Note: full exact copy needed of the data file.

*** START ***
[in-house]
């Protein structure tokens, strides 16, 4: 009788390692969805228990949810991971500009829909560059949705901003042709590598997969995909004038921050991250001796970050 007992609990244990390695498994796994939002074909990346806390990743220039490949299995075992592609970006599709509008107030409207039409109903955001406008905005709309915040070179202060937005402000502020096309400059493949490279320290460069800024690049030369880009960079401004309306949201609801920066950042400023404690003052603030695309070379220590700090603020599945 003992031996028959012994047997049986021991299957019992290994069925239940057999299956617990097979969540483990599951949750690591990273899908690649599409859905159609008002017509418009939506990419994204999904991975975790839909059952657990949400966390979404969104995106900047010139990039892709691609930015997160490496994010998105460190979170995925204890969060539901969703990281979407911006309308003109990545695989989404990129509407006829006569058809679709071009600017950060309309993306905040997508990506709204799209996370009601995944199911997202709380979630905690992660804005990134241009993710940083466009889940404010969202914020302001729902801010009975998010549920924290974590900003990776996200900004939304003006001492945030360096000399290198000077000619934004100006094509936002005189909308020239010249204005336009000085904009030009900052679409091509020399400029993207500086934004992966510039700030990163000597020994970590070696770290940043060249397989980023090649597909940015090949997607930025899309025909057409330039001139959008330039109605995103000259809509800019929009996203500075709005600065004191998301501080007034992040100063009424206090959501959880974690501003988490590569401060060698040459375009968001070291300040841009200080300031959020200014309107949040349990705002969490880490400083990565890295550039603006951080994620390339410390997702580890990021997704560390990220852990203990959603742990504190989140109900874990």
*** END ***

[in-house]
């Protein structure tokens, strides 16, 4: 009788390692969805228990949810991971500009829909560059949705901003042709590598997969995909004038921050991250001796970050 007992609990244990390695498994796994939002074909990346806390990743220039490949299995075992592609970006599709509008107030409207039409109903955001406008905005709309915040070179202060937005402000502020096309400059493949490279320290460069800024690049030369880009960079401004309306949201609801920066950042400023404690003052603030695309070379220590700090603020599945 003992031996028959012994047997049986021991299957019992290994069925239940057999299956617990097979969540483990599951949750690591990273899908690649599409859905159609008002017509418009939506990419994204999904991975975790839909059952657990949400966390979404969104995106900047010139990039892709691609930015997160490496994010998105460190979170995925204890969060539901969703990281979407911006309308003109990545695989989404990129509407006829006569058809679709071009600017950060309309993306905040997508990506709204799209996370009601995944199911997202709380979630905690992660804005990134241009993710940083466009889940404010969202914020302001729902801010009975998010549920924290974590900003990776996200900004939304003006001492945030360096000399290198000077000619934004100006094509936002005189909308020239010249204005336009000085904009030009900052679409091509020399400029993207500086934004992966510039700030990163000597020994970590070696770290940043060249397989980023090649597909940015090949997607930025899309025909057409330039001139959008330039109605995103000259809509800019929009996203500075709005600065004191998301501080007034992040100063009424206090959501959880974690501003988490590569401060060698040459375009968001070291300040841009200080300031959020200014309107949040349990705002969490880490400083990565890295550039603006951080994620390339410390997702580890990021997704560390990220852990203990959603742990504190989140109900874990």